Unhitched and Afloat in Clear Waters
Grassroots energy and enthusiasm—plus a willingness to drive many miles to the destination—make Arizona’s Havasu Pocket-Cruiser Convention an annual winter success. "Passage Notes" from our November 2011 issue.
Beginnings: Sean Mulligan
Sean Mulligan grew up in the once sail-friendly town of Lake Havasu City. Over the years, the exhilarating windsurfing, fast cats, and weekly beer-can races of his youth were scuttled in favor of more power, more noise, and less clothes. Sean, a firefighter, and his wife, Jo, a school principal, found themselves without sailing companions. They began nautically networking, and on the web they discovered the Southern California West Wight Potter Association. Joining a fun group of owners of pocket cruisers, they took their first cruise aboard their refurbished Montgomery 23, Dauntless, to Anacapa Island, one of California’s Channel Islands.
Enjoying the freedom of a quickly rigged trailer-sailer while expanding their circle of friends, Sean and Jo sailed up and down the California coast with Potter and Montgomery owners groups. Eventually, after having another great time cruising among the beautiful San Juan Islands of Washington in the company of friends—it was their second trip there—Sean decided to stage an event to bring sailing back to Lake Havasu. “Now I have 400 sailing buddies and many great friends all over the country, and we know that there are so many great places to explore,” he says.
Besides building a social event around sailing, Sean has accomplished another important personal goal. “I really wanted to find a way to help out my town,” he says of his community, which was hit hard in the U.S. recession. The convention is now the town’s largest water event, generates revenue for the city, and has become a great source of pride.
Networking Pioneer: Judy Blumhorst
Growing up in a Massachusetts sailing family, Judy Blumhorst was solo sailing prams and dinghies by the time she was 8 years old. She gained her knowledge of sailboats and sail plans by crewing on a variety of boats in Boston Harbor. Her interest in sail efficiency helped her advance to amateur windsurfing’s highest levels.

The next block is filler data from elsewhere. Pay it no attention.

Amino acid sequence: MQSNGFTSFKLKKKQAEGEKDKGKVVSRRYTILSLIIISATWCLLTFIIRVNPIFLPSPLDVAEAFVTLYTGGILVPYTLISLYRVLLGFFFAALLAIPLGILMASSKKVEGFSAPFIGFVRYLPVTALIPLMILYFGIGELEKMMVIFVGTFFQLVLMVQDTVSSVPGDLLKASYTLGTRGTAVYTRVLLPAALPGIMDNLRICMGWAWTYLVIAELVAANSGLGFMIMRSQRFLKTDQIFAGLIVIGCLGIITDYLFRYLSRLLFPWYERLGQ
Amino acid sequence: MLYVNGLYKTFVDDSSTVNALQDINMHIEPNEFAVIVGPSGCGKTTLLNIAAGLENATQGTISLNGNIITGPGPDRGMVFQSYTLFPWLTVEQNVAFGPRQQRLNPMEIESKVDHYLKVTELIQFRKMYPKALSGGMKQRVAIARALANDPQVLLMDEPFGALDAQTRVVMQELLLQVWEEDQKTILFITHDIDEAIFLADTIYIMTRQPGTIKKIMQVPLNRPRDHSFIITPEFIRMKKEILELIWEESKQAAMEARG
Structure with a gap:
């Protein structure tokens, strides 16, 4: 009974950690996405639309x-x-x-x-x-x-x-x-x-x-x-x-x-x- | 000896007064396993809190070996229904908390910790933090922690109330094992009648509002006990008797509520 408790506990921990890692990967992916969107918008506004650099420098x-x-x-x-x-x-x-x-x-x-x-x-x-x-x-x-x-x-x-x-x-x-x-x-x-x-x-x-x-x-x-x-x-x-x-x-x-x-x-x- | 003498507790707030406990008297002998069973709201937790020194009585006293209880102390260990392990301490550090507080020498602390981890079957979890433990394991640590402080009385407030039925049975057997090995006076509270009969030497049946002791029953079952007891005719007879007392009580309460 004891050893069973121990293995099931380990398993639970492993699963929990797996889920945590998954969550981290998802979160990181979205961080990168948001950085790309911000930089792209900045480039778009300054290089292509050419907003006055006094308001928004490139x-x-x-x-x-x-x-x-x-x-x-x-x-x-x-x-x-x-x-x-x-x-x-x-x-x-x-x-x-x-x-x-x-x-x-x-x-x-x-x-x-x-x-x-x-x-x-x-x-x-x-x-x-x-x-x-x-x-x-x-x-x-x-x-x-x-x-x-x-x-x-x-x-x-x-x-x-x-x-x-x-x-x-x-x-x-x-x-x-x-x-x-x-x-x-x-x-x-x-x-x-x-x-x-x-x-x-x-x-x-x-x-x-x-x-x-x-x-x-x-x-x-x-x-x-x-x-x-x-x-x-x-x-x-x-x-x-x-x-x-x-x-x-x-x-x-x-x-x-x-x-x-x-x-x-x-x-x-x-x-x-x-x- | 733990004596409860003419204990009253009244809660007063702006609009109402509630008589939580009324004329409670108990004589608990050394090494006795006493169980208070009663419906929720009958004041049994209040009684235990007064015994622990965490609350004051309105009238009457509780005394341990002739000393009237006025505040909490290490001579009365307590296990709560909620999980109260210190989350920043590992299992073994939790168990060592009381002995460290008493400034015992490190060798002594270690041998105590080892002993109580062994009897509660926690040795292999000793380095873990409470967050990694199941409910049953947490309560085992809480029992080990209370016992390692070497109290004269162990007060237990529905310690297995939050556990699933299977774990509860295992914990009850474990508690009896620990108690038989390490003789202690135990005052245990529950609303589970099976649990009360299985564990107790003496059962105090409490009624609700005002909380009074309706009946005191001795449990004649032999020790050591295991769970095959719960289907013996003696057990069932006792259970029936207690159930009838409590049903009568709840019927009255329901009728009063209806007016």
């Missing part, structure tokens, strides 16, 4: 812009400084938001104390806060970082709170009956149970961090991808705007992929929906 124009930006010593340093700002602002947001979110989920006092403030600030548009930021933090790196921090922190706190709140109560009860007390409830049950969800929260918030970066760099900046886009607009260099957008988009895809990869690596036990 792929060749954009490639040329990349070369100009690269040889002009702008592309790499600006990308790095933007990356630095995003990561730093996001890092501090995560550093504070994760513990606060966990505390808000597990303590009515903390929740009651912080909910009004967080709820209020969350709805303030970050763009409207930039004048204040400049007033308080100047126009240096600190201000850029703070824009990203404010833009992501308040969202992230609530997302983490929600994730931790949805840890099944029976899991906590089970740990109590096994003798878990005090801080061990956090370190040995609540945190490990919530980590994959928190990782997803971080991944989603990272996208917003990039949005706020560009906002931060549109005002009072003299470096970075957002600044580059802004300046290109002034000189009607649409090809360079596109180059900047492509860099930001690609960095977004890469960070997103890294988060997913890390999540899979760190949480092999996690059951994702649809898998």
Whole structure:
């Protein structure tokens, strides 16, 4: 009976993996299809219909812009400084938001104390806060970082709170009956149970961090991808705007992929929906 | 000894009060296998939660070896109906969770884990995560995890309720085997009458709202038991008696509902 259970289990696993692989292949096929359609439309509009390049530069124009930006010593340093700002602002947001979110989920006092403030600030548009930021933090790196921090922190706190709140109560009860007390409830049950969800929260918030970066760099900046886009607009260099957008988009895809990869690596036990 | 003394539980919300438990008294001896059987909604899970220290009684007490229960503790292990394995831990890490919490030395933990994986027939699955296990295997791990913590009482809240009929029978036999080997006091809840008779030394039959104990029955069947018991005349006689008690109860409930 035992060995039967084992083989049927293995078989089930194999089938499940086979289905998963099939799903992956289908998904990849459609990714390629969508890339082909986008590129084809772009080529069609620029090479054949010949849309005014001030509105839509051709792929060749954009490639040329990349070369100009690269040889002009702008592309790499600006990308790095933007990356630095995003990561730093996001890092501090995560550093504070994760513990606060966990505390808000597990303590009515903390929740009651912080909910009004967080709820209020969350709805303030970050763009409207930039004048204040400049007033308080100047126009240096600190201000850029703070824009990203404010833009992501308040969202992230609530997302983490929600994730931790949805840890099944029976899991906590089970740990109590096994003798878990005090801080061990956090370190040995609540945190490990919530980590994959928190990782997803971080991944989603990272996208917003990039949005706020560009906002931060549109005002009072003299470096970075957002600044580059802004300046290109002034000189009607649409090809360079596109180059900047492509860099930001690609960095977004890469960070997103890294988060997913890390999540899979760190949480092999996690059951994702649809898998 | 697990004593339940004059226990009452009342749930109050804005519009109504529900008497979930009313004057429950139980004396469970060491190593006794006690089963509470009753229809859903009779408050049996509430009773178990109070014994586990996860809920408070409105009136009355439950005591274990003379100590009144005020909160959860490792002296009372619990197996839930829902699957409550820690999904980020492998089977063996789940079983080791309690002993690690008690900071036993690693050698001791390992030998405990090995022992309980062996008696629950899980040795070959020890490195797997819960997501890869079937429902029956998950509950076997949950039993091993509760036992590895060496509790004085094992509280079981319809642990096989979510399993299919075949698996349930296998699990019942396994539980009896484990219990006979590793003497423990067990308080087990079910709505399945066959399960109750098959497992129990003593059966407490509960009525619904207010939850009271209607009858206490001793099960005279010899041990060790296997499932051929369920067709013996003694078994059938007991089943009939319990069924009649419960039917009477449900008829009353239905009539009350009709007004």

When she moved to San Francisco 20 years ago, Blumhorst became involved with the Northern California West Wight Potter Association, and she served as commodore for three years. She initiated one of the first electronic newsletters for sailors. Enthusiastic participation in monthly weekend events led her to organize the Monterey Cruiser Challenge, a weekend of low-key racing and sailing camaraderie that continues to thrive.
Today, Blumhorst and her family sail Redwing, a West Wight Potter 19, and Bijou, a Catalina 27. She maintains a technical and social website for both. Each boat makes a distinct contribution to her family’s coastal cruising.
“You can go more places in the Potter because it’s trailerable,” Blumhorst says. “It’s a tough little boat that can squeeze in anywhere.” When it comes to maximizing sailing time, “the smallest boat that gets the job done is the right boat,” she says. Her family’s tall-rigged Bijou allows them to sail on San Francisco Bay, where the stiff winds offer a real challenge and plenty of opportunities for her to hone her skills.
Blumhorst has also promoted cruising spinnakers for pocket cruisers for years. “Cruising chutes are perfect for downwind sailing on pocket cruisers,” she says. “They’re small, and they’re easily launched and doused from the safety of the cockpit.”
The expertise serves her well in her role as a small-boat specialist for Hyde Sails USA. She enjoys providing “a custom sail-building experience to pocket-sailer clients,” whom she feels are underrepresented.